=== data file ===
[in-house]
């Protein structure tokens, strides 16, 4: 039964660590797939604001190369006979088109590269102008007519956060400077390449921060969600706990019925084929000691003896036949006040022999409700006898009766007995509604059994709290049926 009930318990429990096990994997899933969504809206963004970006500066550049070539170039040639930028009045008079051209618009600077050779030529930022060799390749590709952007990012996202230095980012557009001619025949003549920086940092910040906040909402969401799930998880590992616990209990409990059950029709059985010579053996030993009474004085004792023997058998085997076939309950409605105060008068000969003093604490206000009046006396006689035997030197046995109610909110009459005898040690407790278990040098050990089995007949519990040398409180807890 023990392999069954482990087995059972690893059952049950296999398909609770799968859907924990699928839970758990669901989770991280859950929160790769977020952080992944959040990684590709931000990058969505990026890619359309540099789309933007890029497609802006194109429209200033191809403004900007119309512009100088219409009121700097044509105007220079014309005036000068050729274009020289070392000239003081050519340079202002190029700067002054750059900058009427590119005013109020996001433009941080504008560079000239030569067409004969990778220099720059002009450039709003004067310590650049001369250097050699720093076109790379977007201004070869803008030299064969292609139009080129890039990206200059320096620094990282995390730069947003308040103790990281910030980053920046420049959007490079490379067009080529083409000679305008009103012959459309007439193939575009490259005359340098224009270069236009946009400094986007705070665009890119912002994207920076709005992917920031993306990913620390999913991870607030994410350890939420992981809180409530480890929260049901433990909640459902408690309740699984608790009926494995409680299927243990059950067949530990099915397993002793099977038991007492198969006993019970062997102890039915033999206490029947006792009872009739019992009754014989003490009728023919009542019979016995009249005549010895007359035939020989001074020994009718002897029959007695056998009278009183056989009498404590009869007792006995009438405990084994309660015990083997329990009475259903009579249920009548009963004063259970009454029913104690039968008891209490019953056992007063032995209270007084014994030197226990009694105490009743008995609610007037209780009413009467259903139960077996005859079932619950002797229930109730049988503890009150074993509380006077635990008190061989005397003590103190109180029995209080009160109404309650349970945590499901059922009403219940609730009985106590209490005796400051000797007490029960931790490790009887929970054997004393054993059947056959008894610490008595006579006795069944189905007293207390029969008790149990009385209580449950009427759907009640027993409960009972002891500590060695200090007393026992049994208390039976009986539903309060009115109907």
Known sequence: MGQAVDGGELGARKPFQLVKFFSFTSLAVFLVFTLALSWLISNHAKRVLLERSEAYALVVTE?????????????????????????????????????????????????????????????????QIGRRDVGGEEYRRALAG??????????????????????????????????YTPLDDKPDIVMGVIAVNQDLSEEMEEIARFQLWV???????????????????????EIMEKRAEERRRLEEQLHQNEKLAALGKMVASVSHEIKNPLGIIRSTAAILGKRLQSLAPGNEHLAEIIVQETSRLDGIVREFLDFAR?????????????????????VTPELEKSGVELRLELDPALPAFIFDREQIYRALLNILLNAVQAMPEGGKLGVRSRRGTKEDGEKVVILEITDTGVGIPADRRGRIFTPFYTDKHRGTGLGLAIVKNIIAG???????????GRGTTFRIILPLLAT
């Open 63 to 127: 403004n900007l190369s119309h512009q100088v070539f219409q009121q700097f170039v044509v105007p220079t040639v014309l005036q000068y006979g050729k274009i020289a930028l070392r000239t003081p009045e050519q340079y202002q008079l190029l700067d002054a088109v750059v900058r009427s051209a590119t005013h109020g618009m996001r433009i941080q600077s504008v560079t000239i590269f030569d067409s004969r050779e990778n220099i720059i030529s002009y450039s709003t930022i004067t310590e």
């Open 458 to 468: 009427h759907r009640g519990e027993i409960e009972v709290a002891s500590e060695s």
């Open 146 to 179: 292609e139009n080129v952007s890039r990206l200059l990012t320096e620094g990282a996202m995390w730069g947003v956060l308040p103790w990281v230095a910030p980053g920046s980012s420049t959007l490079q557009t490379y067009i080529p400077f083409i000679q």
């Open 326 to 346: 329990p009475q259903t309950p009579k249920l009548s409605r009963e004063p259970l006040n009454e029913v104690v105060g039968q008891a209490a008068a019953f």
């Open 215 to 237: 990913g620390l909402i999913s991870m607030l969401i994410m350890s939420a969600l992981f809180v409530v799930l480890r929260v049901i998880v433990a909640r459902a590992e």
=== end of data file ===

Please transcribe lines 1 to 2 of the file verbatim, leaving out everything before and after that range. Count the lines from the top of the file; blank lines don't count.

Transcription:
[in-house]
């Protein structure tokens, strides 16, 4: 039964660590797939604001190369006979088109590269102008007519956060400077390449921060969600706990019925084929000691003896036949006040022999409700006898009766007995509604059994709290049926 009930318990429990096990994997899933969504809206963004970006500066550049070539170039040639930028009045008079051209618009600077050779030529930022060799390749590709952007990012996202230095980012557009001619025949003549920086940092910040906040909402969401799930998880590992616990209990409990059950029709059985010579053996030993009474004085004792023997058998085997076939309950409605105060008068000969003093604490206000009046006396006689035997030197046995109610909110009459005898040690407790278990040098050990089995007949519990040398409180807890 023990392999069954482990087995059972690893059952049950296999398909609770799968859907924990699928839970758990669901989770991280859950929160790769977020952080992944959040990684590709931000990058969505990026890619359309540099789309933007890029497609802006194109429209200033191809403004900007119309512009100088219409009121700097044509105007220079014309005036000068050729274009020289070392000239003081050519340079202002190029700067002054750059900058009427590119005013109020996001433009941080504008560079000239030569067409004969990778220099720059002009450039709003004067310590650049001369250097050699720093076109790379977007201004070869803008030299064969292609139009080129890039990206200059320096620094990282995390730069947003308040103790990281910030980053920046420049959007490079490379067009080529083409000679305008009103012959459309007439193939575009490259005359340098224009270069236009946009400094986007705070665009890119912002994207920076709005992917920031993306990913620390999913991870607030994410350890939420992981809180409530480890929260049901433990909640459902408690309740699984608790009926494995409680299927243990059950067949530990099915397993002793099977038991007492198969006993019970062997102890039915033999206490029947006792009872009739019992009754014989003490009728023919009542019979016995009249005549010895007359035939020989001074020994009718002897029959007695056998009278009183056989009498404590009869007792006995009438405990084994309660015990083997329990009475259903009579249920009548009963004063259970009454029913104690039968008891209490019953056992007063032995209270007084014994030197226990009694105490009743008995609610007037209780009413009467259903139960077996005859079932619950002797229930109730049988503890009150074993509380006077635990008190061989005397003590103190109180029995209080009160109404309650349970945590499901059922009403219940609730009985106590209490005796400051000797007490029960931790490790009887929970054997004393054993059947056959008894610490008595006579006795069944189905007293207390029969008790149990009385209580449950009427759907009640027993409960009972002891500590060695200090007393026992049994208390039976009986539903309060009115109907």